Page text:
Three New Year’s resolutions for a claim against the police

Picture of Kevin Donoghue, Solicitor Director of Donoghue Solicitors, specialists in helping people claim against the police.

Kevin Donoghue, Solicitor Director of Donoghue Solicitors

By Kevin Donoghue, Solicitor Director of Donoghue Solicitors

As a solicitor who specialises in helping people claim against the police, I spend a lot of my time dealing with the various police forces in England and Wales.

I am sorry to say that I could use some of my time more productively if those same forces and their solicitors behaved differently.

It is common practice for the police and their solicitors to:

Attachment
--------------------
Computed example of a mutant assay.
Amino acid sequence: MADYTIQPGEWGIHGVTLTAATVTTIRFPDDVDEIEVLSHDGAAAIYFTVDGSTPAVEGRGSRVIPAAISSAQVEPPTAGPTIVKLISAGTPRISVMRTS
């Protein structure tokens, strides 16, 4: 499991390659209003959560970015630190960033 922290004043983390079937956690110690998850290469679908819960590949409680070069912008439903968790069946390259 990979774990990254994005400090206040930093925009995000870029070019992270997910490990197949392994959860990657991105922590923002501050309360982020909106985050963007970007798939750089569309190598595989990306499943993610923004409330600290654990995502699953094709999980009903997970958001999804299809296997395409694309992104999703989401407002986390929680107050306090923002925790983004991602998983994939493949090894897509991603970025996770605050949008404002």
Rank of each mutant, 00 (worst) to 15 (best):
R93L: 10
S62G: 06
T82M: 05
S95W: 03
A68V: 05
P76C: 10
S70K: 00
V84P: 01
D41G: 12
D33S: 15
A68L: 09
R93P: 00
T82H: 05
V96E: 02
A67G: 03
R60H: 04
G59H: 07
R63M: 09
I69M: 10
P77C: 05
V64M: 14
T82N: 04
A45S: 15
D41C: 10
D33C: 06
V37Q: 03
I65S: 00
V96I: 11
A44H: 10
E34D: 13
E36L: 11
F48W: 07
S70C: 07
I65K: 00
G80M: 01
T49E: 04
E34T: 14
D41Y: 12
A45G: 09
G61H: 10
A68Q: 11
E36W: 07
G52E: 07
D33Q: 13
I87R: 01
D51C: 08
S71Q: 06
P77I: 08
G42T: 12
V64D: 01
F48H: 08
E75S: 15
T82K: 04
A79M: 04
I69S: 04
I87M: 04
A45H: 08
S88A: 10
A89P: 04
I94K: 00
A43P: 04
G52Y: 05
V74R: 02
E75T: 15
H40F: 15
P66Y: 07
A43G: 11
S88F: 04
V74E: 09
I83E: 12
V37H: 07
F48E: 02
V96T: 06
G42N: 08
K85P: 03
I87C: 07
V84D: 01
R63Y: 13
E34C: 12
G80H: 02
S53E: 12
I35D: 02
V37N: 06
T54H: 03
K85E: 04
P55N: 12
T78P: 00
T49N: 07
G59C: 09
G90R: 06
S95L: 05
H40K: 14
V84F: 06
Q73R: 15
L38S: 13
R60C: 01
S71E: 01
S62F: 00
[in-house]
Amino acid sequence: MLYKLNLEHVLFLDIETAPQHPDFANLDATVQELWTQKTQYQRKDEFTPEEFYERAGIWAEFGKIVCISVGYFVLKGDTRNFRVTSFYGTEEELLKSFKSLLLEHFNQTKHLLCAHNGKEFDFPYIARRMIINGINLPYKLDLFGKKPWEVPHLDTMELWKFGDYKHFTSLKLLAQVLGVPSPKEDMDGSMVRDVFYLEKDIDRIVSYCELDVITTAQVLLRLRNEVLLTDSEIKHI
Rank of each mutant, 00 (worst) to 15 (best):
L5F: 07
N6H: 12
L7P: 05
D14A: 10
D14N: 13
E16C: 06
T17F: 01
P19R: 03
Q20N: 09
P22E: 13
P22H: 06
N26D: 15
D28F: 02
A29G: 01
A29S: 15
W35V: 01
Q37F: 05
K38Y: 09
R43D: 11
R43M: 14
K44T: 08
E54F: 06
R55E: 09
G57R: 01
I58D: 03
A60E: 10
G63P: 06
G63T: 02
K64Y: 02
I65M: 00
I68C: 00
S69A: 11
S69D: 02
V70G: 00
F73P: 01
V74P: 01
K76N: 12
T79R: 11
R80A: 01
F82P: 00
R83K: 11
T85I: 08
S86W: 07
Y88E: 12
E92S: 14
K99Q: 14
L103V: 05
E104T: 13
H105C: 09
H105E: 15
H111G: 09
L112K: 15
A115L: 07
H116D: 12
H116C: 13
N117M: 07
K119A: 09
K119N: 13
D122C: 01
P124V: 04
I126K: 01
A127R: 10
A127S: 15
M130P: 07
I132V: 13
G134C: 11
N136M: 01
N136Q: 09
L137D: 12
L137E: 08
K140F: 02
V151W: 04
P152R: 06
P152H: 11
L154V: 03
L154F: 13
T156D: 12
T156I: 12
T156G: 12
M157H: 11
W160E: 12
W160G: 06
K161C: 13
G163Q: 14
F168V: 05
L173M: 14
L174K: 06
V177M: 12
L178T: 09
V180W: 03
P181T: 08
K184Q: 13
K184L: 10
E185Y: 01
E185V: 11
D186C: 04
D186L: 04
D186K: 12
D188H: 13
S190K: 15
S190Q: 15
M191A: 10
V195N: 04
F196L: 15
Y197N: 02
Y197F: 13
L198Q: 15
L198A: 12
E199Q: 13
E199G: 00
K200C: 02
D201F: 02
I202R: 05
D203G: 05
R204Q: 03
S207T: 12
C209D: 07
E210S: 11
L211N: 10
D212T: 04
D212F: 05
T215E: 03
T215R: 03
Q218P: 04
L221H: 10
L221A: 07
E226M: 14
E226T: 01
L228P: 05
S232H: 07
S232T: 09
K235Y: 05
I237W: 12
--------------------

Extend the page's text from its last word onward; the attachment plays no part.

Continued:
• delay progress on cases;
  • misplace, edit, or redact evidence which may help prove the claim against the police; and
  • fight losing cases or make ‘low-ball’ offers.

All these:

  • cause unnecessary hardship to innocent victims of police misconduct;
  • increase legal costs (which have to be paid by the taxpayer); and
  • only serve to damage the reputation of the police in the eyes of the judge and jury who eventually get to hear the claim against the police.

So, with these things in mind, here are three New Year’s resolutions for the police forces and their solicitors:

1.Think of the police force’s money as your own

I am constantly frustrated by how police forces and their solicitors behave as if money is no object.

In my experience, filing unnecessary applications at court and fighting claims to trial is their preferred approach.

Even in a straightforward claim against the police, the solicitors representing the police forces behave as if they have winnable cases when they know that experienced solicitors like me who deal with no win no fee police claims would not take poor cases.